Lord John Browne, the once high-flying executive who seemingly could do no wrong, resigned abruptly after admitting he lied to a court about how he had met his former gay companion.
Browne had been fighting publication of an article about him in London’s Mail on Sunday newspaper. His departure could cost him $30 million in bonus and retirement benefits.
Tony Hayward becomes CEO immediately.
"In my 41 years with BP I have kept my private life separate from my business life. I have always regarded my sexuality as a personal matter, to be kept private. It is a matter of deep disappointment that a newspaper group has now decided that allegations about my personal life should be made public."
Browne’s reputation had already slipped as the result of two major incidents on his watch: A major oil spill in Alaska and the deadly explosion at BP’s Texas City refinery. Both were blamed on poor maintenance caused by a drive to cut costs.
As a result, Browne had already announced his intention to resign 18 month early, in July.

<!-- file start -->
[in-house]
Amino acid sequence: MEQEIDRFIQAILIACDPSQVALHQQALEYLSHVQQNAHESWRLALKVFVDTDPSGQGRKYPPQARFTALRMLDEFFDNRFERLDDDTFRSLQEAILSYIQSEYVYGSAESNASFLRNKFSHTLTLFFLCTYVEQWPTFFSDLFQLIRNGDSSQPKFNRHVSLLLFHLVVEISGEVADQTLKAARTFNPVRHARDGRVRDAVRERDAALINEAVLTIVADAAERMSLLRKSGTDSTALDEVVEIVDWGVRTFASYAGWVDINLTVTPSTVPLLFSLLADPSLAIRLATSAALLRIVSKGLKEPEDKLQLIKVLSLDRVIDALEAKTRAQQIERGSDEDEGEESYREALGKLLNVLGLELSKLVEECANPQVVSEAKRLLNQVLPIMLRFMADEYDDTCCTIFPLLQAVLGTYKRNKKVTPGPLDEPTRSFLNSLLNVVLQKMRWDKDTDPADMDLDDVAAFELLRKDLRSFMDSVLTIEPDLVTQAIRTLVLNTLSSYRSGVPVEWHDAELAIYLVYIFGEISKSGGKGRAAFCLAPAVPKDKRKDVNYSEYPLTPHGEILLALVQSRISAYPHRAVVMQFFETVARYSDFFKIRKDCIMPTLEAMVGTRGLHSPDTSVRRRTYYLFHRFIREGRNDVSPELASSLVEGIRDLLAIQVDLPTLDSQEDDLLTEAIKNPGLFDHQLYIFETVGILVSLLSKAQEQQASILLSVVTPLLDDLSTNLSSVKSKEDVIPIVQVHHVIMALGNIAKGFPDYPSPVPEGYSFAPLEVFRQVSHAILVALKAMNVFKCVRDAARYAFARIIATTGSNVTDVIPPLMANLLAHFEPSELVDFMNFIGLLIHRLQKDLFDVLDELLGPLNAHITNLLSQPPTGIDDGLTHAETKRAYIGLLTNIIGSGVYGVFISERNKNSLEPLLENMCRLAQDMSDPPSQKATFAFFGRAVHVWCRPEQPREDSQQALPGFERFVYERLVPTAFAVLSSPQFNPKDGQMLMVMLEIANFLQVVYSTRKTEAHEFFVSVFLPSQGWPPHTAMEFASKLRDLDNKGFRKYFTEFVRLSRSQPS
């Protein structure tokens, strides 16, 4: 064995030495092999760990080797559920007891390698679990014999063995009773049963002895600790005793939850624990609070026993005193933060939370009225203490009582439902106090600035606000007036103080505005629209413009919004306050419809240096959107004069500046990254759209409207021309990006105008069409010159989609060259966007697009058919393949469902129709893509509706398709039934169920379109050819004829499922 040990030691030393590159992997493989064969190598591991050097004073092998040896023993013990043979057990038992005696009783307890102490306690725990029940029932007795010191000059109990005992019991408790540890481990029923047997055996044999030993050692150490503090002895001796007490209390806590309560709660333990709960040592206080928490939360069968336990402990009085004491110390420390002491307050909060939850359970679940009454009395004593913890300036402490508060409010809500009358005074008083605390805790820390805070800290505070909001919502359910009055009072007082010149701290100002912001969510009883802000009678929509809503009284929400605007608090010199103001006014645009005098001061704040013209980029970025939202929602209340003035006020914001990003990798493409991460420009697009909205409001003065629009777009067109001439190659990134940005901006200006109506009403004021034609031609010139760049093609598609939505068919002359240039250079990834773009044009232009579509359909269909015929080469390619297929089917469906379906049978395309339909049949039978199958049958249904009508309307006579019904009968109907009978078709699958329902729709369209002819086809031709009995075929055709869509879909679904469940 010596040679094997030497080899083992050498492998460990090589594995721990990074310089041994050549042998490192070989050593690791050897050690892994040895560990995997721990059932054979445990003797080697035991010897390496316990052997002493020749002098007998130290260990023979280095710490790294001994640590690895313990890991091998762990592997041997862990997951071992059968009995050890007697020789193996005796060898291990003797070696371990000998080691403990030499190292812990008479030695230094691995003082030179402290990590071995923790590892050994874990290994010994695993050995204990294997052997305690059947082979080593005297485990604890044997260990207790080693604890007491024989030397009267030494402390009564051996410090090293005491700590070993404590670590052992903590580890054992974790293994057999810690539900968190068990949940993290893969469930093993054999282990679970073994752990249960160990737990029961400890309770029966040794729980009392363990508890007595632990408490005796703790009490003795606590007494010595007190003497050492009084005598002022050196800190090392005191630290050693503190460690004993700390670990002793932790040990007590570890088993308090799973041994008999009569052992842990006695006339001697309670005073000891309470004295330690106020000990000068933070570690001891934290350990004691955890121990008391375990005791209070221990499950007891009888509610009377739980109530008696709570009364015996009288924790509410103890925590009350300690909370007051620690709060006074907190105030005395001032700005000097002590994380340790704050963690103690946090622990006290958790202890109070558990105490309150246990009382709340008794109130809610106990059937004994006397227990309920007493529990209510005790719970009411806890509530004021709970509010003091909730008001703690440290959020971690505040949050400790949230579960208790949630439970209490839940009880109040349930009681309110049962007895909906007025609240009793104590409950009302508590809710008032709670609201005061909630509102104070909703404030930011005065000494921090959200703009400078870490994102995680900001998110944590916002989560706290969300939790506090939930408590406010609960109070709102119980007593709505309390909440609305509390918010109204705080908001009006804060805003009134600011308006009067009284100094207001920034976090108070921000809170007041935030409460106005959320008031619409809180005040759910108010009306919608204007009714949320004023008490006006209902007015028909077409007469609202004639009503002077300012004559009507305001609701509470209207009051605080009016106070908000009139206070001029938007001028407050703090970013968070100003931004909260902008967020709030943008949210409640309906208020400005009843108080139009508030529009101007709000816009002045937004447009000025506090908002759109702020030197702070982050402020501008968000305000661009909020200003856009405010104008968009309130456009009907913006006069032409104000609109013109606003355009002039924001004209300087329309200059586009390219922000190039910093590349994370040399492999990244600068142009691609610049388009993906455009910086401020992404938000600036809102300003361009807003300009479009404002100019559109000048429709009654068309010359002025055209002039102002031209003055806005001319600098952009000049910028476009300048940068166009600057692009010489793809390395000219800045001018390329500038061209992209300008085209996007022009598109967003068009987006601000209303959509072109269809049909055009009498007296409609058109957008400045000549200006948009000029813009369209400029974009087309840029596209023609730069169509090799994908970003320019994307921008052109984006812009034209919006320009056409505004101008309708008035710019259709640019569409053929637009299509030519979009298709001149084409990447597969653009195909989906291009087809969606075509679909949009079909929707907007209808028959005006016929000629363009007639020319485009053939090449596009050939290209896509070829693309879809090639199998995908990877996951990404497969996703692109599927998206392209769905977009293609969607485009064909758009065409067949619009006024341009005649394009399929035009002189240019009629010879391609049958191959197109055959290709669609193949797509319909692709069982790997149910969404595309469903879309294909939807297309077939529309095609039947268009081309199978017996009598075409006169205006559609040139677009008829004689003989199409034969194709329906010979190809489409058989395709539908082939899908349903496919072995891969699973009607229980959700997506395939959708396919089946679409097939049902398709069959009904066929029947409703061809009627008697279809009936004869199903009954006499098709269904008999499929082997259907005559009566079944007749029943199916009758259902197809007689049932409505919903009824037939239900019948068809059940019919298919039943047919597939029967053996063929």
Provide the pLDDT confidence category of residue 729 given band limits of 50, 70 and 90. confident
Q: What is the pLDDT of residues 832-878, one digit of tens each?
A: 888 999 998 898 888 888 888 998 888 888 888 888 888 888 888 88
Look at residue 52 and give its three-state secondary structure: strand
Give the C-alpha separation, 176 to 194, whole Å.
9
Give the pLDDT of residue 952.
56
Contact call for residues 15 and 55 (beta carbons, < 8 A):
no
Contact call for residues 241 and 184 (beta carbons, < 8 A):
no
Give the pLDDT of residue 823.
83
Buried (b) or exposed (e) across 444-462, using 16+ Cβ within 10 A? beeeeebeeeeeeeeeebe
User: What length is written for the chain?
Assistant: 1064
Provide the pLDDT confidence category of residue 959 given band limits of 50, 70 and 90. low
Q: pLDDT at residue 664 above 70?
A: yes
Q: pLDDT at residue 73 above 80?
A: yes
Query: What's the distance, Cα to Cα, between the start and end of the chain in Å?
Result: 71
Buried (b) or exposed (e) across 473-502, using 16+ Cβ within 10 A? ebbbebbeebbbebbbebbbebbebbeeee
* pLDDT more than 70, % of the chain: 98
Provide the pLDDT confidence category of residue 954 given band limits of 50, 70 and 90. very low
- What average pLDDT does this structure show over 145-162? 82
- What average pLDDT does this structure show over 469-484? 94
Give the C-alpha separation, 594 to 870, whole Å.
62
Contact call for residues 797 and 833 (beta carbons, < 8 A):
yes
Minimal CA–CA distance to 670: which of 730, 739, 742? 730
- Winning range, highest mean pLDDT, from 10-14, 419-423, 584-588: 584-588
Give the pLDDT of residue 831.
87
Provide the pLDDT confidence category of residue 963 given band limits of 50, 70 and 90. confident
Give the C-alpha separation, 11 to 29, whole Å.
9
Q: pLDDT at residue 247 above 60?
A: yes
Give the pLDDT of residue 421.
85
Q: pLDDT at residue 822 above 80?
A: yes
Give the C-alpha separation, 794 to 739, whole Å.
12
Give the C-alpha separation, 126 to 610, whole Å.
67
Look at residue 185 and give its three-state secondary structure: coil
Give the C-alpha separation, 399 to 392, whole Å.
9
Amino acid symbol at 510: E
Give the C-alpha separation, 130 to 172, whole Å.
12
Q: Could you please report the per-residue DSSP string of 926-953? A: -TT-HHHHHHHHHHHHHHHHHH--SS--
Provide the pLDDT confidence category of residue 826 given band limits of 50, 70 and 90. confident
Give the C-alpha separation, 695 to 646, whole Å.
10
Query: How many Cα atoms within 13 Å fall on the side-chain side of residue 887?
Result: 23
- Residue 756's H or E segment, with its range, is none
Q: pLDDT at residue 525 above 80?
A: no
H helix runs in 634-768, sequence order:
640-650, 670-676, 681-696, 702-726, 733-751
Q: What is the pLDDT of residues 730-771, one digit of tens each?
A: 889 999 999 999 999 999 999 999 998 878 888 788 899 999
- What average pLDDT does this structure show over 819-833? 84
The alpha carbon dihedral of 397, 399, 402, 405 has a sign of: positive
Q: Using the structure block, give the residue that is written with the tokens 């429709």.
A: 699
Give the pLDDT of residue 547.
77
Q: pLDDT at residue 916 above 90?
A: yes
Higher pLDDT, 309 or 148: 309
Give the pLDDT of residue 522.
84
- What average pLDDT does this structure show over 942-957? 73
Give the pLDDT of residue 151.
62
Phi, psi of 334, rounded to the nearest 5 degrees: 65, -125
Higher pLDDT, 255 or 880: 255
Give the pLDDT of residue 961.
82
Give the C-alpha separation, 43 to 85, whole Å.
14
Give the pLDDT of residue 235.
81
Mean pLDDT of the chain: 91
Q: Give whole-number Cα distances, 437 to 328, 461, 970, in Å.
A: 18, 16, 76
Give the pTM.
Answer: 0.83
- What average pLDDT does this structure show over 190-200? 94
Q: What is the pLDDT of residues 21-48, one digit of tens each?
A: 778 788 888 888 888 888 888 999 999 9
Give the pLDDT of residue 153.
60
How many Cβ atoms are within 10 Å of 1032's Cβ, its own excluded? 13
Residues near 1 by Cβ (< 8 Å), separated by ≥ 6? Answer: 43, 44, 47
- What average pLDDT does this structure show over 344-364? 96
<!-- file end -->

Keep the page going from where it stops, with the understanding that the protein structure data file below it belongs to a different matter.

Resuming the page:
Of course Browne’s personal life should be his own. But this sordid mess came about when his former companion, Jeff Chevalier, alleged he had benefited improperly from BP computer and staff resources and then Browne lied to a British court about the relationship.
Browne denies any corporate wrongdoing and BP Chairman Peter Sutherland said the board reviewed the situation and "concluded that the allegations of misuse of company assets and resources were unfounded or insubstantive."
But he did lie to the court. Eighteenth and 19th Century author Sir Walter Scott summed it nicely when he wrote, "Oh, what a tangled web we weave, when first we practice to deceive."
It’s a pity Lord Browne didn’t heed the warning. It also explains why we have trouble believing Big Oil’s claims.